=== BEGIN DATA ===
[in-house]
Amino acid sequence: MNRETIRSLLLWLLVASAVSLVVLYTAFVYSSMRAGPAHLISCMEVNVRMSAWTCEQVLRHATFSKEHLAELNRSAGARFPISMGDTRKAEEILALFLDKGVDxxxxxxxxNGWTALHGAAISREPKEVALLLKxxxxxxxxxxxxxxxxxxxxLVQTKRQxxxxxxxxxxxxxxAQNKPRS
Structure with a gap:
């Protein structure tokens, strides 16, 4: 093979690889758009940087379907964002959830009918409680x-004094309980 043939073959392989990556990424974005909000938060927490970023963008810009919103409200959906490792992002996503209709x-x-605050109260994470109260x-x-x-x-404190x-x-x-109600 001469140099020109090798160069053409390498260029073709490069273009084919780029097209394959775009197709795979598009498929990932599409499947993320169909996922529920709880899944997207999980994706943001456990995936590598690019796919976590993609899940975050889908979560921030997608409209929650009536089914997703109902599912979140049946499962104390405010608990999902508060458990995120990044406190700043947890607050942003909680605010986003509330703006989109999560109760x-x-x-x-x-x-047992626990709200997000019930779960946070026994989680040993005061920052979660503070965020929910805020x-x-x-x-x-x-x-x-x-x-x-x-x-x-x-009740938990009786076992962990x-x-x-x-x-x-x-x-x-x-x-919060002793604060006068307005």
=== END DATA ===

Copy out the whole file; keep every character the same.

[in-house]
Amino acid sequence: MNRETIRSLLLWLLVASAVSLVVLYTAFVYSSMRAGPAHLISCMEVNVRMSAWTCEQVLRHATFSKEHLAELNRSAGARFPISMGDTRKAEEILALFLDKGVDxxxxxxxxNGWTALHGAAISREPKEVALLLKxxxxxxxxxxxxxxxxxxxxLVQTKRQxxxxxxxxxxxxxxAQNKPRS
Structure with a gap:
């Protein structure tokens, strides 16, 4: 093979690889758009940087379907964002959830009918409680x-004094309980 043939073959392989990556990424974005909000938060927490970023963008810009919103409200959906490792992002996503209709x-x-605050109260994470109260x-x-x-x-404190x-x-x-109600 001469140099020109090798160069053409390498260029073709490069273009084919780029097209394959775009197709795979598009498929990932599409499947993320169909996922529920709880899944997207999980994706943001456990995936590598690019796919976590993609899940975050889908979560921030997608409209929650009536089914997703109902599912979140049946499962104390405010608990999902508060458990995120990044406190700043947890607050942003909680605010986003509330703006989109999560109760x-x-x-x-x-x-047992626990709200997000019930779960946070026994989680040993005061920052979660503070965020929910805020x-x-x-x-x-x-x-x-x-x-x-x-x-x-x-009740938990009786076992962990x-x-x-x-x-x-x-x-x-x-x-919060002793604060006068307005």